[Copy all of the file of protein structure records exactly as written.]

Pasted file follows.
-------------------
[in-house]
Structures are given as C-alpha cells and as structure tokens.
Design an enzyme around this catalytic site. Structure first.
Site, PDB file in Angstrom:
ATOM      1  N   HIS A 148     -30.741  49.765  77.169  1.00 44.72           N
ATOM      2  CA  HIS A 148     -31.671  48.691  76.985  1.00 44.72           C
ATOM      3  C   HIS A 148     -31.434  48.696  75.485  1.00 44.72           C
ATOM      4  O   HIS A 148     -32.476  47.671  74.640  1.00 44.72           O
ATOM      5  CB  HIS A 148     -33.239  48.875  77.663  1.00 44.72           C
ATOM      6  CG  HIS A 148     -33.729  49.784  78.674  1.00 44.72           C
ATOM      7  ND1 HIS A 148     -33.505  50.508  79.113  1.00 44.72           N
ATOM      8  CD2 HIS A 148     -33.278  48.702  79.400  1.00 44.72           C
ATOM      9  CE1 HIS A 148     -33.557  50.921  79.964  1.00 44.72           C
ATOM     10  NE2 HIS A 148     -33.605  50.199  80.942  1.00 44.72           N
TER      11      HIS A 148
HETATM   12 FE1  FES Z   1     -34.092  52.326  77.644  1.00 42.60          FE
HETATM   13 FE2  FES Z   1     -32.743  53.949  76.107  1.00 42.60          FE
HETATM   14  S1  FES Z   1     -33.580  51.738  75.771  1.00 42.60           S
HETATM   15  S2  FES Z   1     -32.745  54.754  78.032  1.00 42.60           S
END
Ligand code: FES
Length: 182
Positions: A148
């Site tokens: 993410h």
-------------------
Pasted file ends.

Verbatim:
[in-house]
Structures are given as C-alpha cells and as structure tokens.
Design an enzyme around this catalytic site. Structure first.
Site, PDB file in Angstrom:
ATOM      1  N   HIS A 148     -30.741  49.765  77.169  1.00 44.72           N
ATOM      2  CA  HIS A 148     -31.671  48.691  76.985  1.00 44.72           C
ATOM      3  C   HIS A 148     -31.434  48.696  75.485  1.00 44.72           C
ATOM      4  O   HIS A 148     -32.476  47.671  74.640  1.00 44.72           O
ATOM      5  CB  HIS A 148     -33.239  48.875  77.663  1.00 44.72           C
ATOM      6  CG  HIS A 148     -33.729  49.784  78.674  1.00 44.72           C
ATOM      7  ND1 HIS A 148     -33.505  50.508  79.113  1.00 44.72           N
ATOM      8  CD2 HIS A 148     -33.278  48.702  79.400  1.00 44.72           C
ATOM      9  CE1 HIS A 148     -33.557  50.921  79.964  1.00 44.72           C
ATOM     10  NE2 HIS A 148     -33.605  50.199  80.942  1.00 44.72           N
TER      11      HIS A 148
HETATM   12 FE1  FES Z   1     -34.092  52.326  77.644  1.00 42.60          FE
HETATM   13 FE2  FES Z   1     -32.743  53.949  76.107  1.00 42.60          FE
HETATM   14  S1  FES Z   1     -33.580  51.738  75.771  1.00 42.60           S
HETATM   15  S2  FES Z   1     -32.745  54.754  78.032  1.00 42.60           S
END
Ligand code: FES
Length: 182
Positions: A148
């Site tokens: 993410h």